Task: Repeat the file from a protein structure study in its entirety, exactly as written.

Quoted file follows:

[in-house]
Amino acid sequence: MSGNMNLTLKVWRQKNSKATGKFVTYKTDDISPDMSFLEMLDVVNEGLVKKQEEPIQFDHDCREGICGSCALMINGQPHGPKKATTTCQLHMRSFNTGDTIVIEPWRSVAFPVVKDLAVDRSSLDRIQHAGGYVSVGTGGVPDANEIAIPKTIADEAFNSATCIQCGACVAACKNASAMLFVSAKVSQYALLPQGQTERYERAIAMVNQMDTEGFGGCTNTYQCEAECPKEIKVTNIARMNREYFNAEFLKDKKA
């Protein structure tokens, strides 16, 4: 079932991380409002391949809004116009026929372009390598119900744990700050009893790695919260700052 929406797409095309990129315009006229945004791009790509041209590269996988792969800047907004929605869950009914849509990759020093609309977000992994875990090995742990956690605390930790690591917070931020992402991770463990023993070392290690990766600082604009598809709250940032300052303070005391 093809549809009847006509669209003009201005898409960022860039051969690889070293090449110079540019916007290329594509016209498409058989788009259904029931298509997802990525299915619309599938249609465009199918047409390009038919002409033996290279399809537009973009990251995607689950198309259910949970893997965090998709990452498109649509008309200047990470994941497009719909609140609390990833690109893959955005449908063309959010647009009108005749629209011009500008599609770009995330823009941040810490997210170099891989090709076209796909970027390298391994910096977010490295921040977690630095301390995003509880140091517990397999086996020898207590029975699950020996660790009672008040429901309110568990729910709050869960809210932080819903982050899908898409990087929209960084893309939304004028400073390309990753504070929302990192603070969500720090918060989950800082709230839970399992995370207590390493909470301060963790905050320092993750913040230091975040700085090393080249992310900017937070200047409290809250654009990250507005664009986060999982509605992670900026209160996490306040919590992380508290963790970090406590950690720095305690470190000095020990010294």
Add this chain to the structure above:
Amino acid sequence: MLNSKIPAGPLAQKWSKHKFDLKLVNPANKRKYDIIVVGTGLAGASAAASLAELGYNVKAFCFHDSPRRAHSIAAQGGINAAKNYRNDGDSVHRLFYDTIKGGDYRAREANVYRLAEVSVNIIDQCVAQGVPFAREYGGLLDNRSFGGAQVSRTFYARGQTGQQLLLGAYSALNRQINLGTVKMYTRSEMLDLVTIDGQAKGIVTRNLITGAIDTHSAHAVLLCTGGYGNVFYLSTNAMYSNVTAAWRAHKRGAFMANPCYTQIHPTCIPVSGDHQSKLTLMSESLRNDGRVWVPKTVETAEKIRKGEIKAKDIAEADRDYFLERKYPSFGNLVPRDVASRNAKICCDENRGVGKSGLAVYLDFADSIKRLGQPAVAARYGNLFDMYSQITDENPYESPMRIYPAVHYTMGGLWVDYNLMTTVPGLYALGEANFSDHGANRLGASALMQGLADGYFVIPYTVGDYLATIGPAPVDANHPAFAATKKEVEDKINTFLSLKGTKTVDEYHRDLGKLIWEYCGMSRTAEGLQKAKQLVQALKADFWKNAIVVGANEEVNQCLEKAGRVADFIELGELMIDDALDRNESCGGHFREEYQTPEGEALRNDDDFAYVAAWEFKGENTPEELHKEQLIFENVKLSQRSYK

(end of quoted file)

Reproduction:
[in-house]
Amino acid sequence: MSGNMNLTLKVWRQKNSKATGKFVTYKTDDISPDMSFLEMLDVVNEGLVKKQEEPIQFDHDCREGICGSCALMINGQPHGPKKATTTCQLHMRSFNTGDTIVIEPWRSVAFPVVKDLAVDRSSLDRIQHAGGYVSVGTGGVPDANEIAIPKTIADEAFNSATCIQCGACVAACKNASAMLFVSAKVSQYALLPQGQTERYERAIAMVNQMDTEGFGGCTNTYQCEAECPKEIKVTNIARMNREYFNAEFLKDKKA
């Protein structure tokens, strides 16, 4: 079932991380409002391949809004116009026929372009390598119900744990700050009893790695919260700052 929406797409095309990129315009006229945004791009790509041209590269996988792969800047907004929605869950009914849509990759020093609309977000992994875990090995742990956690605390930790690591917070931020992402991770463990023993070392290690990766600082604009598809709250940032300052303070005391 093809549809009847006509669209003009201005898409960022860039051969690889070293090449110079540019916007290329594509016209498409058989788009259904029931298509997802990525299915619309599938249609465009199918047409390009038919002409033996290279399809537009973009990251995607689950198309259910949970893997965090998709990452498109649509008309200047990470994941497009719909609140609390990833690109893959955005449908063309959010647009009108005749629209011009500008599609770009995330823009941040810490997210170099891989090709076209796909970027390298391994910096977010490295921040977690630095301390995003509880140091517990397999086996020898207590029975699950020996660790009672008040429901309110568990729910709050869960809210932080819903982050899908898409990087929209960084893309939304004028400073390309990753504070929302990192603070969500720090918060989950800082709230839970399992995370207590390493909470301060963790905050320092993750913040230091975040700085090393080249992310900017937070200047409290809250654009990250507005664009986060999982509605992670900026209160996490306040919590992380508290963790970090406590950690720095305690470190000095020990010294």
Add this chain to the structure above:
Amino acid sequence: MLNSKIPAGPLAQKWSKHKFDLKLVNPANKRKYDIIVVGTGLAGASAAASLAELGYNVKAFCFHDSPRRAHSIAAQGGINAAKNYRNDGDSVHRLFYDTIKGGDYRAREANVYRLAEVSVNIIDQCVAQGVPFAREYGGLLDNRSFGGAQVSRTFYARGQTGQQLLLGAYSALNRQINLGTVKMYTRSEMLDLVTIDGQAKGIVTRNLITGAIDTHSAHAVLLCTGGYGNVFYLSTNAMYSNVTAAWRAHKRGAFMANPCYTQIHPTCIPVSGDHQSKLTLMSESLRNDGRVWVPKTVETAEKIRKGEIKAKDIAEADRDYFLERKYPSFGNLVPRDVASRNAKICCDENRGVGKSGLAVYLDFADSIKRLGQPAVAARYGNLFDMYSQITDENPYESPMRIYPAVHYTMGGLWVDYNLMTTVPGLYALGEANFSDHGANRLGASALMQGLADGYFVIPYTVGDYLATIGPAPVDANHPAFAATKKEVEDKINTFLSLKGTKTVDEYHRDLGKLIWEYCGMSRTAEGLQKAKQLVQALKADFWKNAIVVGANEEVNQCLEKAGRVADFIELGELMIDDALDRNESCGGHFREEYQTPEGEALRNDDDFAYVAAWEFKGENTPEELHKEQLIFENVKLSQRSYK